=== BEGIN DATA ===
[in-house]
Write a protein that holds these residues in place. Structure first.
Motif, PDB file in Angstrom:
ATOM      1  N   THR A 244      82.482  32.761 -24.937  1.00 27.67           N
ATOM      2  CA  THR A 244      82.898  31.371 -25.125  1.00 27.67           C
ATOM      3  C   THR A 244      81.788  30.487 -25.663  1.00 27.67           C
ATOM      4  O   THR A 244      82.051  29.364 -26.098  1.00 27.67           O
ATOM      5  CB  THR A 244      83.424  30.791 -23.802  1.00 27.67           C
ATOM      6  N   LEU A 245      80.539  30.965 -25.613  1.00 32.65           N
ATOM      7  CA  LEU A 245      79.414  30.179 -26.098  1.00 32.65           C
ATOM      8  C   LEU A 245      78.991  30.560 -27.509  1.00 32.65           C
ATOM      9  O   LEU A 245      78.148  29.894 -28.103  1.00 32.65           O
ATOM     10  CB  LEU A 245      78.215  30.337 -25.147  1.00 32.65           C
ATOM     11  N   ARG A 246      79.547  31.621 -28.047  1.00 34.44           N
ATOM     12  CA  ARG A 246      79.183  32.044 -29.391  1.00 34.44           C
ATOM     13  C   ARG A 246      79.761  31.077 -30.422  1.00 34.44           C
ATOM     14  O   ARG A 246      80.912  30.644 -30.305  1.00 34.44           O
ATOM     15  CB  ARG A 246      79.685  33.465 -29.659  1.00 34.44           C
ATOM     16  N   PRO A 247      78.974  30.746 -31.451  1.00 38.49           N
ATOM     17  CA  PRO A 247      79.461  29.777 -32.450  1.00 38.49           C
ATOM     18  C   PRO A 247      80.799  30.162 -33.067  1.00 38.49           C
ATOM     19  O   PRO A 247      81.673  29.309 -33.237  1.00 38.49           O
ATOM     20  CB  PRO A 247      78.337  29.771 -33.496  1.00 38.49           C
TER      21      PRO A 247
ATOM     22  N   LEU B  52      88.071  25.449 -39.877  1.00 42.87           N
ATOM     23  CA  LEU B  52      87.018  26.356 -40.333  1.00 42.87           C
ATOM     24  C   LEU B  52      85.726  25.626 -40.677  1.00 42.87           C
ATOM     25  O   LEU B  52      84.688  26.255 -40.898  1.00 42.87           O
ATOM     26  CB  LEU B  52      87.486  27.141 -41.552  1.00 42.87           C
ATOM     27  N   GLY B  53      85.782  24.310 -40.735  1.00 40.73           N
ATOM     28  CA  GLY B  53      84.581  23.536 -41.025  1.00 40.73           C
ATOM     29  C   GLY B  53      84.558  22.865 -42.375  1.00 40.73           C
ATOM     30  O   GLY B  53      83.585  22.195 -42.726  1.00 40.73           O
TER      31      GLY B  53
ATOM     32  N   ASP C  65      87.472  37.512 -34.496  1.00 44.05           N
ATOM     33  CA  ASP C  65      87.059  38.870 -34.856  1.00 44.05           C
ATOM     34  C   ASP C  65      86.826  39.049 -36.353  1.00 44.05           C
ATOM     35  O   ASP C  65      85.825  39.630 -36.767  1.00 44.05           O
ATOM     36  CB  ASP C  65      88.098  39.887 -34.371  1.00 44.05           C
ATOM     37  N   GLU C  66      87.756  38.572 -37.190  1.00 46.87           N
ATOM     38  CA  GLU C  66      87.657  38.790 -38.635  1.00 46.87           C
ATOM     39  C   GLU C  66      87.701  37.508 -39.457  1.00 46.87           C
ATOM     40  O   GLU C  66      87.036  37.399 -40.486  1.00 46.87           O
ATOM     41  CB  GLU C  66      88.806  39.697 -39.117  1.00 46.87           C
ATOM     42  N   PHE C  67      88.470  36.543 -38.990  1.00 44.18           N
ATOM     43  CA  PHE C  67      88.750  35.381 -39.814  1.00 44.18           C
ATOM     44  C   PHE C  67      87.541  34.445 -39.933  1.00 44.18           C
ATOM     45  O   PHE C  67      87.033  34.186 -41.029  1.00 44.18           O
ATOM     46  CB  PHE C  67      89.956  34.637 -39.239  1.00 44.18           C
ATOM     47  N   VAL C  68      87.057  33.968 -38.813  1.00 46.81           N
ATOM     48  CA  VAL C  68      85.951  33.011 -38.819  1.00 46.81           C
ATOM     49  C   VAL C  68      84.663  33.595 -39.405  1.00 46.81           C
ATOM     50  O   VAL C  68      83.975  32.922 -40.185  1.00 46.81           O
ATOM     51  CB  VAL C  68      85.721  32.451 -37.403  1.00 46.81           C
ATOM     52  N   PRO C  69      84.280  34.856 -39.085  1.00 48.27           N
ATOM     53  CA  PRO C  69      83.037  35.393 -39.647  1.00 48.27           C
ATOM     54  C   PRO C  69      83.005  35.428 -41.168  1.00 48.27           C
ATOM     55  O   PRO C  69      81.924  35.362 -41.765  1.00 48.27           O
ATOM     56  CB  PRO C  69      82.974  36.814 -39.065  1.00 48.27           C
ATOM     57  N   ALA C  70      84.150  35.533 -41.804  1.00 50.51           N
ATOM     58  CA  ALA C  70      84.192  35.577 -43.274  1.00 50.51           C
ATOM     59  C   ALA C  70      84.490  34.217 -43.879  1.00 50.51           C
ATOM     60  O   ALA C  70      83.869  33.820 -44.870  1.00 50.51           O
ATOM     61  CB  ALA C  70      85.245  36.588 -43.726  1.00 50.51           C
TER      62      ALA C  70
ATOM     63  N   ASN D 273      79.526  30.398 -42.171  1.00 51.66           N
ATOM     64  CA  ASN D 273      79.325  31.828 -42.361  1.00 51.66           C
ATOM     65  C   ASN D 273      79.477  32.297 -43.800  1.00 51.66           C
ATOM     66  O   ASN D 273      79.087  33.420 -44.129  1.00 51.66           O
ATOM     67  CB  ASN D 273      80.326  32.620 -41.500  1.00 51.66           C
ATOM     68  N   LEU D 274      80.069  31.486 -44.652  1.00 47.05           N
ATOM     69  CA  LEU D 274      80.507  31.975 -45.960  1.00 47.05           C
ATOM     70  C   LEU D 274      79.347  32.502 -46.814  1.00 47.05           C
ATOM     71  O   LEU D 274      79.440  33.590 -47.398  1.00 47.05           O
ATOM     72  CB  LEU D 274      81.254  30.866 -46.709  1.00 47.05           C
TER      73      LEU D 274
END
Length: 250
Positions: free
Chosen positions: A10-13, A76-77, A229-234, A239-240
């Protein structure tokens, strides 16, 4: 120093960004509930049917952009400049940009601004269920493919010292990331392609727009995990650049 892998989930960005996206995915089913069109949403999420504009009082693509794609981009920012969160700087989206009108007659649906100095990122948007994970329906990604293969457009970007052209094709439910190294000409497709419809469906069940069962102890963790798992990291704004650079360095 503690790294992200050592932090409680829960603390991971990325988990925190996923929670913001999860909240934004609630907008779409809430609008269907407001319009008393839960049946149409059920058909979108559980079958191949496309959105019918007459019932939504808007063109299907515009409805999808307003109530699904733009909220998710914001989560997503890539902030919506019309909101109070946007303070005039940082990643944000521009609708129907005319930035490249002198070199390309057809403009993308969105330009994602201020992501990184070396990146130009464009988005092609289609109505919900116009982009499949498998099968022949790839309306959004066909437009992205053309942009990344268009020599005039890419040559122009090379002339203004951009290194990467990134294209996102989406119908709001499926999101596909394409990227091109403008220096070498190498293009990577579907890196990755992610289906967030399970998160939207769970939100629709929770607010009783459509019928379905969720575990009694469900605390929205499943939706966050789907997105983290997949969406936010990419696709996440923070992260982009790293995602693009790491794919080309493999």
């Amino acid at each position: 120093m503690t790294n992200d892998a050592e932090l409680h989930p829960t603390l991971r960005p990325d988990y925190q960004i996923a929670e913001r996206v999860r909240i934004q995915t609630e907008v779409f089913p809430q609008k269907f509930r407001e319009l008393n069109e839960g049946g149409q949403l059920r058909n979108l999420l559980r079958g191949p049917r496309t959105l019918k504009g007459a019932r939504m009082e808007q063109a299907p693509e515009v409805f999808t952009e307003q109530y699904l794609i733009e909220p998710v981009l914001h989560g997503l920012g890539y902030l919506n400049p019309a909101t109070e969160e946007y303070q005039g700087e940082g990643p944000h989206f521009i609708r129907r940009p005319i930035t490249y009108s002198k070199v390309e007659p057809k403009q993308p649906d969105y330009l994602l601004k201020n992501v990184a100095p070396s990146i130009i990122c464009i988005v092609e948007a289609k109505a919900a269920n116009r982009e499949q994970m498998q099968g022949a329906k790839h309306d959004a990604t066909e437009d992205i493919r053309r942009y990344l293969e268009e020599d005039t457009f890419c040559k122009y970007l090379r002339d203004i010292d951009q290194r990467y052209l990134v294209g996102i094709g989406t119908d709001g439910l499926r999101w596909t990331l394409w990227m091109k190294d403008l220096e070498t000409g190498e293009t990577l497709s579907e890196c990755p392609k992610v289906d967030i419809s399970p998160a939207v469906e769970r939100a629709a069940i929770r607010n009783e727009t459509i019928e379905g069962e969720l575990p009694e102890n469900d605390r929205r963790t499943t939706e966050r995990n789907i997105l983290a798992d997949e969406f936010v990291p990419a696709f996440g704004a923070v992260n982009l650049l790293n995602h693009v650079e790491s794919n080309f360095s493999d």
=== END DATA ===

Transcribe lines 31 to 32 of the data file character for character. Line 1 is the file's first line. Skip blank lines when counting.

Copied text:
ATOM     28  CA  GLY B  53      84.581  23.536 -41.025  1.00 40.73           C
ATOM     29  C   GLY B  53      84.558  22.865 -42.375  1.00 40.73           C